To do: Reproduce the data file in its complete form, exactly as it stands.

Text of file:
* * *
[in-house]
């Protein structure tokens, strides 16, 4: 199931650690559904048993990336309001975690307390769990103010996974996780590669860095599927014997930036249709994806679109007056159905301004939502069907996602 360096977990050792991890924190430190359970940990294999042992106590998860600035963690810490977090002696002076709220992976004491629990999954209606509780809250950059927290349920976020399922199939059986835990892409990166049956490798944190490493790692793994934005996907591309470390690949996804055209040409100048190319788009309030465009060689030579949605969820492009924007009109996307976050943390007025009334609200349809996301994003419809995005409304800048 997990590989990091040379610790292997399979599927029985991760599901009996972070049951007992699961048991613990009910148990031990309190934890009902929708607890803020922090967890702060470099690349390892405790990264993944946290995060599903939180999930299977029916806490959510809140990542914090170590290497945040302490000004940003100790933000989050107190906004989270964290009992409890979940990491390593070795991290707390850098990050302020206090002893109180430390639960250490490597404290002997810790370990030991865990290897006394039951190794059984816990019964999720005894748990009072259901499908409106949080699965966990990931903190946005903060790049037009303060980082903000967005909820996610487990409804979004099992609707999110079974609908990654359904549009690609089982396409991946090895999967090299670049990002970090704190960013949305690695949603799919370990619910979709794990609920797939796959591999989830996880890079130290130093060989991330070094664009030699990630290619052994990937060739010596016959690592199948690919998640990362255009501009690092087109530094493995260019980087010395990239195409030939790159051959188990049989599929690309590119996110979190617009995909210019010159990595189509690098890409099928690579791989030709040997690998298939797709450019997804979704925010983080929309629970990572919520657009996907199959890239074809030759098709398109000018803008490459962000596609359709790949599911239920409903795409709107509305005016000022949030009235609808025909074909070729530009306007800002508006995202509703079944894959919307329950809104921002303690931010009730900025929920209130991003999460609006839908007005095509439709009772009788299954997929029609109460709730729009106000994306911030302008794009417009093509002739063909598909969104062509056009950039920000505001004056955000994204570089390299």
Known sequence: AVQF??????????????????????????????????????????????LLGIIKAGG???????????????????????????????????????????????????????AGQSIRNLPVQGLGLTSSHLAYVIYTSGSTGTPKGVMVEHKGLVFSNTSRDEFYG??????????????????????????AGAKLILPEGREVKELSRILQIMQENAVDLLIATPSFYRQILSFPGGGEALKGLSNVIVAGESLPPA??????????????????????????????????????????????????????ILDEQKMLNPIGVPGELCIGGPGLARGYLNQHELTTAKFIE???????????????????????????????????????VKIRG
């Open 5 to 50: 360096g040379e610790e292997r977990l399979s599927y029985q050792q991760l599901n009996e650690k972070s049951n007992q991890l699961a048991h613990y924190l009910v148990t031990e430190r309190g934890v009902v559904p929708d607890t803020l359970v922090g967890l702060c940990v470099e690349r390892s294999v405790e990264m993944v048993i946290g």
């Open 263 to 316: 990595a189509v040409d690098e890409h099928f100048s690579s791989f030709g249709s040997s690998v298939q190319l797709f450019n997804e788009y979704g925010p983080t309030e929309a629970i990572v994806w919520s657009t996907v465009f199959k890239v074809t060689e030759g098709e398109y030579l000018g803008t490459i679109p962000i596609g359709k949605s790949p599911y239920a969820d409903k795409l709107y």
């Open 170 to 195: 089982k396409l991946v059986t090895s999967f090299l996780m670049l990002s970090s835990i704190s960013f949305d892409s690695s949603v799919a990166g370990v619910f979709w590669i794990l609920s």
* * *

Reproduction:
[in-house]
């Protein structure tokens, strides 16, 4: 199931650690559904048993990336309001975690307390769990103010996974996780590669860095599927014997930036249709994806679109007056159905301004939502069907996602 360096977990050792991890924190430190359970940990294999042992106590998860600035963690810490977090002696002076709220992976004491629990999954209606509780809250950059927290349920976020399922199939059986835990892409990166049956490798944190490493790692793994934005996907591309470390690949996804055209040409100048190319788009309030465009060689030579949605969820492009924007009109996307976050943390007025009334609200349809996301994003419809995005409304800048 997990590989990091040379610790292997399979599927029985991760599901009996972070049951007992699961048991613990009910148990031990309190934890009902929708607890803020922090967890702060470099690349390892405790990264993944946290995060599903939180999930299977029916806490959510809140990542914090170590290497945040302490000004940003100790933000989050107190906004989270964290009992409890979940990491390593070795991290707390850098990050302020206090002893109180430390639960250490490597404290002997810790370990030991865990290897006394039951190794059984816990019964999720005894748990009072259901499908409106949080699965966990990931903190946005903060790049037009303060980082903000967005909820996610487990409804979004099992609707999110079974609908990654359904549009690609089982396409991946090895999967090299670049990002970090704190960013949305690695949603799919370990619910979709794990609920797939796959591999989830996880890079130290130093060989991330070094664009030699990630290619052994990937060739010596016959690592199948690919998640990362255009501009690092087109530094493995260019980087010395990239195409030939790159051959188990049989599929690309590119996110979190617009995909210019010159990595189509690098890409099928690579791989030709040997690998298939797709450019997804979704925010983080929309629970990572919520657009996907199959890239074809030759098709398109000018803008490459962000596609359709790949599911239920409903795409709107509305005016000022949030009235609808025909074909070729530009306007800002508006995202509703079944894959919307329950809104921002303690931010009730900025929920209130991003999460609006839908007005095509439709009772009788299954997929029609109460709730729009106000994306911030302008794009417009093509002739063909598909969104062509056009950039920000505001004056955000994204570089390299």
Known sequence: AVQF??????????????????????????????????????????????LLGIIKAGG???????????????????????????????????????????????????????AGQSIRNLPVQGLGLTSSHLAYVIYTSGSTGTPKGVMVEHKGLVFSNTSRDEFYG??????????????????????????AGAKLILPEGREVKELSRILQIMQENAVDLLIATPSFYRQILSFPGGGEALKGLSNVIVAGESLPPA??????????????????????????????????????????????????????ILDEQKMLNPIGVPGELCIGGPGLARGYLNQHELTTAKFIE???????????????????????????????????????VKIRG
């Open 5 to 50: 360096g040379e610790e292997r977990l399979s599927y029985q050792q991760l599901n009996e650690k972070s049951n007992q991890l699961a048991h613990y924190l009910v148990t031990e430190r309190g934890v009902v559904p929708d607890t803020l359970v922090g967890l702060c940990v470099e690349r390892s294999v405790e990264m993944v048993i946290g």
């Open 263 to 316: 990595a189509v040409d690098e890409h099928f100048s690579s791989f030709g249709s040997s690998v298939q190319l797709f450019n997804e788009y979704g925010p983080t309030e929309a629970i990572v994806w919520s657009t996907v465009f199959k890239v074809t060689e030759g098709e398109y030579l000018g803008t490459i679109p962000i596609g359709k949605s790949p599911y239920a969820d409903k795409l709107y």
């Open 170 to 195: 089982k396409l991946v059986t090895s999967f090299l996780m670049l990002s970090s835990i704190s960013f949305d892409s690695s949603v799919a990166g370990v619910f979709w590669i794990l609920s």